This joint pilot of the FDA’s Center for Devices and Radiological Health (CDRH) and Office of Regulatory Affairs (ORA) is part of FDA’s ongoing effort to apply innovative strategies that promote medical device quality. Voluntary Compliance Improvement Program Pilot (VCIP) differs from the FDA’s traditional oversight model by allowing firms to voluntarily self identify and correct possible regulatory violations instead of undergoing FDA inspection. Types of problems identified by these manufacturers may include quality system violations and other problems, such as failure to satisfy device clearance or approval requirements or adverse event reporting requirements. Firms with violations that raise imminent public health concerns – such as a reasonable probability that use of or exposure to a product will cause serious adverse health consequences or death – may not participate in the program.
The FDA supports using new approaches to help companies come into compliance. These approaches benefit industry and may decrease the number of inspections that the FDA performs or permit the agency to focus on manufacturers with serious and ongoing problems.
The FDA will identify manufacturers eligible to participate in VCIP through our 2014 inspection work plan and offer them an opportunity to apply to VCIP rather than undergo inspection. For the pilot, the FDA will choose three to five applicants to participate.
CDRH and ORA will review all applications and notify all applicants whether they have been accepted into the program. An acceptance letter will include proposed dates for a meeting to outline FDA’s expectations of program participants, a review of the program phases, and an opportunity for open discussion.
Participation in VCIP
VCIP participants will be required to retain an outside expert consultant to assess their manufacturing and quality assurance systems and to monitor and certify that they are following program requirements. Firms that participate in the VCIP must demonstrate the ability to define problems, analyze root causes, create appropriate corrective actions, and verify that the actions taken were effective.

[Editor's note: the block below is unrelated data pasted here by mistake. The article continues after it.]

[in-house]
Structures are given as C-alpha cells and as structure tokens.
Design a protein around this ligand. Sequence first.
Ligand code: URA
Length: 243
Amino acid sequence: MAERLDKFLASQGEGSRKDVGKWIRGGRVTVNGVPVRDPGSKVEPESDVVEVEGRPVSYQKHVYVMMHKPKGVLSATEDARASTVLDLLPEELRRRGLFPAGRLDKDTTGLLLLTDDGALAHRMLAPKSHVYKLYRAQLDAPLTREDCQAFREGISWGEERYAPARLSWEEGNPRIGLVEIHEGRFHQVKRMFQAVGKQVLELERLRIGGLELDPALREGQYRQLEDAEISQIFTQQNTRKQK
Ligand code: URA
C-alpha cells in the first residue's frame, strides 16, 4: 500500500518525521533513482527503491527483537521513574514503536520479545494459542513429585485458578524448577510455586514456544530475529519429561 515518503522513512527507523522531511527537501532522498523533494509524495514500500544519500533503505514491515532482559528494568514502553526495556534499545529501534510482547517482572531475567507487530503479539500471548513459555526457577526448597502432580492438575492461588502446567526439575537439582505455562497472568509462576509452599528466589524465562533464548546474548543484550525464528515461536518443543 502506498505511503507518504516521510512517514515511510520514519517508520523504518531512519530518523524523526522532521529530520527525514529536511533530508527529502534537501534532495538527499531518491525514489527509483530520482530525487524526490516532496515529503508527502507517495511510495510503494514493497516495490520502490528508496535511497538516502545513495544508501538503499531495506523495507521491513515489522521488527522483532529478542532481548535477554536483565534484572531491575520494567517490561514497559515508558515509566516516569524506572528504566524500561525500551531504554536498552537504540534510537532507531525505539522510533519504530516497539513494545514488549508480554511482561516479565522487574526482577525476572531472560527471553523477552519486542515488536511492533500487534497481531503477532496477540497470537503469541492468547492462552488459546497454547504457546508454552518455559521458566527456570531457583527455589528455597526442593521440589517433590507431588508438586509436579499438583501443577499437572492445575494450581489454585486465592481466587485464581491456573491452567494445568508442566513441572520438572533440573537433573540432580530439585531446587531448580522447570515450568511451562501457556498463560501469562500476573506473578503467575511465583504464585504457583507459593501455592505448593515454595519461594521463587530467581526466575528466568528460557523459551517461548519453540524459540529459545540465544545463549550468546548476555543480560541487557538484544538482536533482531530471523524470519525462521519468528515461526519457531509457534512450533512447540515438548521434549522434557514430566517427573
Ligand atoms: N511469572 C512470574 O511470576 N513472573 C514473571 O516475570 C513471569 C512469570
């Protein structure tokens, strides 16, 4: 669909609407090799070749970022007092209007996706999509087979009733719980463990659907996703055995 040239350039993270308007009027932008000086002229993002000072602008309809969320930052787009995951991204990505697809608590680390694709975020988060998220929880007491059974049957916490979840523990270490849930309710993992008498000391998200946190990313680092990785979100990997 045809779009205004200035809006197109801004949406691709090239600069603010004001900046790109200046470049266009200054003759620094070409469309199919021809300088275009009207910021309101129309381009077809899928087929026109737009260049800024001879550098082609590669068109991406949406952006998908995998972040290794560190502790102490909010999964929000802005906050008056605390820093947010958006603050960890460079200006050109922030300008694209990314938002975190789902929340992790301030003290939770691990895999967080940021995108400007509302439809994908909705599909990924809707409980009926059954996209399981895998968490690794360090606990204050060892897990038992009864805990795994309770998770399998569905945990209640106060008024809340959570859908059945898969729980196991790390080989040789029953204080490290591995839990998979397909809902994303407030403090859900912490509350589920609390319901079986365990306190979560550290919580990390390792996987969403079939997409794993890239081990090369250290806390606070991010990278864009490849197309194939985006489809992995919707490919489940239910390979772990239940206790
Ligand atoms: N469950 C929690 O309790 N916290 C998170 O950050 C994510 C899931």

If a firm does not meet its commitments under the VCIP, or if the FDA and the firm disagree about any of the results during the program, then the firm may be removed from the program and undergo FDA inspection, which could lead to regulatory action. If a manufacturer ends its participation in the VCIP, it would be subject to FDA inspection and any resulting regulatory action.
Benefits to Participants
Manufacturers that might otherwise undergo inspection and resulting regulatory action have the opportunity to self-identify and correct deficiencies. Facilities participating in the VCIP will not be subject to routine surveillance inspection while program participation is underway. This exemption will extend for two years after manufacturers successfully complete the program. The FDA will also expedite review of export certificate requests and prioritize device and pre-amendment determination requests from program participants.
The FDA will meet with participants selected for the program at the start of the pilot, which will then proceed in four phases:
- Phase 1: Problem Statement, Declaration, Certification and Correction
- Phase 2: Root Cause Plan
- Phase 3: Corrective Action
- Phase 4: Verification/Evidence of Effectiveness and Close-out